As I sit here at my desk, wondering what to write this week, I find myself reflecting on my ordinations and ministry of the past 23 years. It is indeed no doubt because of the upcoming ordination of a friend and colleague to the sacred priesthood this weekend. There is a large collage that hangs beside my desk that has pictures of the night I was ordained. There are pictures of me before the bishop during the examination. There are pictures of me standing proudly with my fellow clergy after the deed was done. But as I consider the collage, the most powerful ones are those of me being encircled by the Bishop and the clergy and the hands being laid on me as the sentence of consecration is spoken over me.
I wish that I could properly convey to you what that moment was like. There had been the craziness of a clergy having his keys locked in his van. There was a moment of incredible, even powerful silence as the Bishop and I were alone in the vestry, each to his own thoughts and prayers as we prepared for the service ahead. I remember and recall the power answer of “Yes, it is” from the congregation when the bishop asked if it was their will to see me ordained a priest. Yet it still comes back to that moment of the hands. I felt the heat, both natural and spiritual of the hands as they came down and stretch out to me. The weight of all those hands on me, made me vitally aware of the responsibility being placed on me as a presbyter. And yet at the same time a feeling of community and connectedness with my bishop and fellow clergy that seemed to deal with the burden of responsibility and the load that leadership in the community brings.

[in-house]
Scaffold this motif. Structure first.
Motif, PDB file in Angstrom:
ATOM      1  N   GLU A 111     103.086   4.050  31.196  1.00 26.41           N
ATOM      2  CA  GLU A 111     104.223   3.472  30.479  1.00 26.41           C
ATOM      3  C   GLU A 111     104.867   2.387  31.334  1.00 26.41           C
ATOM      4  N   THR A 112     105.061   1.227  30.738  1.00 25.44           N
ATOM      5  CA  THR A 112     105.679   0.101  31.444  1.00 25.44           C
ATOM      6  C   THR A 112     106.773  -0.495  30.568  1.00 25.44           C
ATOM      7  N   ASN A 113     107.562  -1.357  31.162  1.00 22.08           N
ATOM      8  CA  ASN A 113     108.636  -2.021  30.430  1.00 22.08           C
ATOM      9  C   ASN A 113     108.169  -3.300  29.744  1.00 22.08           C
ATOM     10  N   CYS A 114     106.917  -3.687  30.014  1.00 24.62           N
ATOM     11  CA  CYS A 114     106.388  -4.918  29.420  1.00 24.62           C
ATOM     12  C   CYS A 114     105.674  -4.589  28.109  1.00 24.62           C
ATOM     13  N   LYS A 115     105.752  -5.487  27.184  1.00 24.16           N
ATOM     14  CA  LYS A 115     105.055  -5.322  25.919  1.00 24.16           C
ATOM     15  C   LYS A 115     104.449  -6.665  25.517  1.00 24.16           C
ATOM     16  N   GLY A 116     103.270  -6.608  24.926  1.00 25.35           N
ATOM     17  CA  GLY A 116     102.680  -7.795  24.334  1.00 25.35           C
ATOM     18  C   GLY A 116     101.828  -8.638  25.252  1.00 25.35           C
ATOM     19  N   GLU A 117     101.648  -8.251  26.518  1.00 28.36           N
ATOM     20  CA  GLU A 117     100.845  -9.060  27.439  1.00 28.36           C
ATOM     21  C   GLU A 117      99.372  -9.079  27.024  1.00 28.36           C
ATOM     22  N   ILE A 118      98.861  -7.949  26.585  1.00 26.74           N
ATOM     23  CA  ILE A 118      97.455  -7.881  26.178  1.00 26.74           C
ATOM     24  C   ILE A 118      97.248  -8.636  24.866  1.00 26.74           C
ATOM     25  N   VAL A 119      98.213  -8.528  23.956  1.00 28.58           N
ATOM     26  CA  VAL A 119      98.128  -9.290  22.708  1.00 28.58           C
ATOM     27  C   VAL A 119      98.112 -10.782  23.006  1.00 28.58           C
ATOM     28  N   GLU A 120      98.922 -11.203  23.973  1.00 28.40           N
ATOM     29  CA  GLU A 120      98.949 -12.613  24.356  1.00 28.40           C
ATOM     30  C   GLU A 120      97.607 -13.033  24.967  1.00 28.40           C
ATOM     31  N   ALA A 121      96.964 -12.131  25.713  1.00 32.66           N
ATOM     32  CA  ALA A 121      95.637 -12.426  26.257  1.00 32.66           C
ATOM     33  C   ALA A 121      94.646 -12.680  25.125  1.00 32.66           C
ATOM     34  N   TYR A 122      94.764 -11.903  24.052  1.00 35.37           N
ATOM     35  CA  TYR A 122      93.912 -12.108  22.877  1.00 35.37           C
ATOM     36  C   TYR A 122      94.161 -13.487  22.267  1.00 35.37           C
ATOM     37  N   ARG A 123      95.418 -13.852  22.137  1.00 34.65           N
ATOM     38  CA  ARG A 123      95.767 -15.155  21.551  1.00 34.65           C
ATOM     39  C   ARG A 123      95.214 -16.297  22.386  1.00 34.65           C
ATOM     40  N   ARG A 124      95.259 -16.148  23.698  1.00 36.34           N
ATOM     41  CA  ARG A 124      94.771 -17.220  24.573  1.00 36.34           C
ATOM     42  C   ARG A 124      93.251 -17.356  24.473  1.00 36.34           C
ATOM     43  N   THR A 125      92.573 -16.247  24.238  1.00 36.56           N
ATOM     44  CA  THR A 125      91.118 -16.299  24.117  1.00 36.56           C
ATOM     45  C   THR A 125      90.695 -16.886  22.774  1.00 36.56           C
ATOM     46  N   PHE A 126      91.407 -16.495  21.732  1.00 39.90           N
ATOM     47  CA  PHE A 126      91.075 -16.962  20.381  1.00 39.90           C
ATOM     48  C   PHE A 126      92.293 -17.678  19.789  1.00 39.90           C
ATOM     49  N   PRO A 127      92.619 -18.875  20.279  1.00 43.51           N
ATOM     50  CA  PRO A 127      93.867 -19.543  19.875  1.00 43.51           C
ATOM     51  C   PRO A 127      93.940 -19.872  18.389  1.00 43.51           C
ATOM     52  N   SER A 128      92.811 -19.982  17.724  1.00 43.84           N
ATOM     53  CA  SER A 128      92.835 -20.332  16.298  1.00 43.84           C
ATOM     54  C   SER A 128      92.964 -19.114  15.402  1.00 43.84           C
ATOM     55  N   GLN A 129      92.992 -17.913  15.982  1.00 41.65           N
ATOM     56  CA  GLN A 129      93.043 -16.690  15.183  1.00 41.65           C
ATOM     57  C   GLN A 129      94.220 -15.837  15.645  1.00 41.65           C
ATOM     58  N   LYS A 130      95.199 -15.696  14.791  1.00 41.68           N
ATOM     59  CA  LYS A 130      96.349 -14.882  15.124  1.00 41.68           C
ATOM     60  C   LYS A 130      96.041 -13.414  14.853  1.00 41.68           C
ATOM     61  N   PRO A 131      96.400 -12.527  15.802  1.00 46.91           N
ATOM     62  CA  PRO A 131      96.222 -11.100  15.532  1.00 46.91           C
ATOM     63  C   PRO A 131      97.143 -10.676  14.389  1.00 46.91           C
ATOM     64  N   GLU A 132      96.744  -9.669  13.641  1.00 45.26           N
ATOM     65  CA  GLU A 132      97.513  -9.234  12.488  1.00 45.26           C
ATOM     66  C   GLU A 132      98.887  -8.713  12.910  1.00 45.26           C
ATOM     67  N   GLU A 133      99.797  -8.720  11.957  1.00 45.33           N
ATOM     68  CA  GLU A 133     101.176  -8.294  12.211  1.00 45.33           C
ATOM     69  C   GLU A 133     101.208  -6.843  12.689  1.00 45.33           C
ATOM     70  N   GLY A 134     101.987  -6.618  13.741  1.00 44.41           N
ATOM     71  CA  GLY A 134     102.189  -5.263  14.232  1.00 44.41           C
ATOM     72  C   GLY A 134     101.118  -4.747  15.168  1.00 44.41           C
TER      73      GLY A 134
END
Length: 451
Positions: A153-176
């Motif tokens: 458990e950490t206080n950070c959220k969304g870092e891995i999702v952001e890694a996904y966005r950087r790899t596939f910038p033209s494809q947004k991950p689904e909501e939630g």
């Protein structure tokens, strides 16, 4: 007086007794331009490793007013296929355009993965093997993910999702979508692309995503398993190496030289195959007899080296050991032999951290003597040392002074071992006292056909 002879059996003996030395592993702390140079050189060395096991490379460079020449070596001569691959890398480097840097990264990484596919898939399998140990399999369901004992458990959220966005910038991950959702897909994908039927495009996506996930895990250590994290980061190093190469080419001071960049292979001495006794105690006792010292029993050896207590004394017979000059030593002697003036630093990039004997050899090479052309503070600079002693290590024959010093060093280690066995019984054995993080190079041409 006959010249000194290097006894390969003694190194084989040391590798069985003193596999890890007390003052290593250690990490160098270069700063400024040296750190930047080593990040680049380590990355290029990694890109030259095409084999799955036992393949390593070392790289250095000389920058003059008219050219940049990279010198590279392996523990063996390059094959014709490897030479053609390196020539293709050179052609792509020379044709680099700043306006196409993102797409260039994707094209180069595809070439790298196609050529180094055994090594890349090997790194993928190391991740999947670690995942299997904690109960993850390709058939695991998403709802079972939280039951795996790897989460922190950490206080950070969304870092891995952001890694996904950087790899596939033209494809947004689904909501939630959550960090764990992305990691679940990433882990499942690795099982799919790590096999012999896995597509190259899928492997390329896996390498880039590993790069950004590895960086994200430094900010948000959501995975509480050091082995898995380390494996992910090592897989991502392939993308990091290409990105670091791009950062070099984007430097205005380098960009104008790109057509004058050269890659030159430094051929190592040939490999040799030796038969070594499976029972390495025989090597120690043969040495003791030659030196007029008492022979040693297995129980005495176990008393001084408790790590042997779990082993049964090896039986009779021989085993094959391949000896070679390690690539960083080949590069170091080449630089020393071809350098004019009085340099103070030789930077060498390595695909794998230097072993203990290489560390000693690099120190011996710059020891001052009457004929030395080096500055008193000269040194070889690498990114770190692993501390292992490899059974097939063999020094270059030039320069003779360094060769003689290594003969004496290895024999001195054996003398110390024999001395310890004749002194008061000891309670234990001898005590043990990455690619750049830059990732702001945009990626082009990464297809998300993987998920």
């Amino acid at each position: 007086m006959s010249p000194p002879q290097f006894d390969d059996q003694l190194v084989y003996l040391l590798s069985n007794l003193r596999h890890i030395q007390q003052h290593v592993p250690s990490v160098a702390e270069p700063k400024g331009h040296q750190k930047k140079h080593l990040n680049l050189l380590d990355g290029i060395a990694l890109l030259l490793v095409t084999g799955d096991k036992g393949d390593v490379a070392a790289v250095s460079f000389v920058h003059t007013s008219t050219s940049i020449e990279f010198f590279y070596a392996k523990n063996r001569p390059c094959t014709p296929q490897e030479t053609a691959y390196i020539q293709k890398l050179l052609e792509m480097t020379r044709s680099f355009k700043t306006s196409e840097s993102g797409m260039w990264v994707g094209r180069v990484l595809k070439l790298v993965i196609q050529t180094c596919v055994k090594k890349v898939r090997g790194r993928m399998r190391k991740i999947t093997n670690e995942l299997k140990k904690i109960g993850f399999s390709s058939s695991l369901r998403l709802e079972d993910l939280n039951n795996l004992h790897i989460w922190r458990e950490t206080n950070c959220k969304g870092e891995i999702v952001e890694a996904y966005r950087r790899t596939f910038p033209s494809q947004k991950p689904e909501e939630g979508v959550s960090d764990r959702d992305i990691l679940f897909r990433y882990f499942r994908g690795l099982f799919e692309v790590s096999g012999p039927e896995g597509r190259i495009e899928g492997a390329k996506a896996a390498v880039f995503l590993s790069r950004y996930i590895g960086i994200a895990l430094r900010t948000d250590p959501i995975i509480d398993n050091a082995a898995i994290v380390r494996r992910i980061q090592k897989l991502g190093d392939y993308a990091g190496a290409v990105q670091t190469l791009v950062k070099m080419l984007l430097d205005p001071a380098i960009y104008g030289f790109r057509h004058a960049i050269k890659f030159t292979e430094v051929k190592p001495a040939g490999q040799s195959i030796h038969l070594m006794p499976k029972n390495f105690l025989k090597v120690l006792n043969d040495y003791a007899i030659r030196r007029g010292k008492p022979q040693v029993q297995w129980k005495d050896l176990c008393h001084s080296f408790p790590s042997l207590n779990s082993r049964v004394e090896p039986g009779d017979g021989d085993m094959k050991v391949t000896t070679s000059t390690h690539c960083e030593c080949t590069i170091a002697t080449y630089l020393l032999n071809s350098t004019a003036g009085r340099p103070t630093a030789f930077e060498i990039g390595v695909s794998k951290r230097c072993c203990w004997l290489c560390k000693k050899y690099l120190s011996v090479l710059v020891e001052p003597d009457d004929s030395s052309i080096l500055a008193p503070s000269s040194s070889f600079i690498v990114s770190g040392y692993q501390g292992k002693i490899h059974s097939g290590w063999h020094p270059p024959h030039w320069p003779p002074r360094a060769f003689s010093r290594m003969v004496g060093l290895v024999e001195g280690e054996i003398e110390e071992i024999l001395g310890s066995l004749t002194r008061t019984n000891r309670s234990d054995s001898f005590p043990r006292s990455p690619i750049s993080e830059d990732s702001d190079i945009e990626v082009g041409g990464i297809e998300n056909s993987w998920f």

Speaking of community I can remember a situation, just before my ordination to the priesthood where I was visiting a grieving family. We had gathered in the family home to plan the funeral service for the deceased man in the community. It often happens that in the midst of grief, there are lighter moments. In one such moment, midst the tears, a family member told a story and out the deceased that was quite funny to help me k now and understand who their loved one was. And the story being funny, everyone laughed including me. This I think shocked another member of the family because she asked me if it was okay for me to laugh at jokes and tales. In reply with a big smile told her, “Don’t worry. I am only a deacon yet. The bishop will remove my sense of humour when he ordains me priest.” The laughter helped to ease the pain and the tears for a few moments and it actually help to form deeper relationships with the family and drew them back into the church community so that they could heal and be supported by the community.
What does this have to do with the Gospel? Everything. We are part of a worldwide community of people who believe, follow and proclaim the Lord Jesus. There are many who are called by God to come and enter into his kingdom and there are a few of us who are to lead the community under the authority of God preciously because they have been called and chosen. The clergy have been called by divine grace and that call has been recognized by the Church and those called are chosen to lead and serve in and beyond the Church. Just as the Church is called by God and through divine grace signs and proclaims the kingdom, midst both the laughter and the tears of this life and into the next.
When you get a chance this week, ask an ordained person about how they heard the call of God on their life so that you can see and hear the call of God upon you. Then together seek, seek and serve Christ where you together find him in the least, the last and the lost.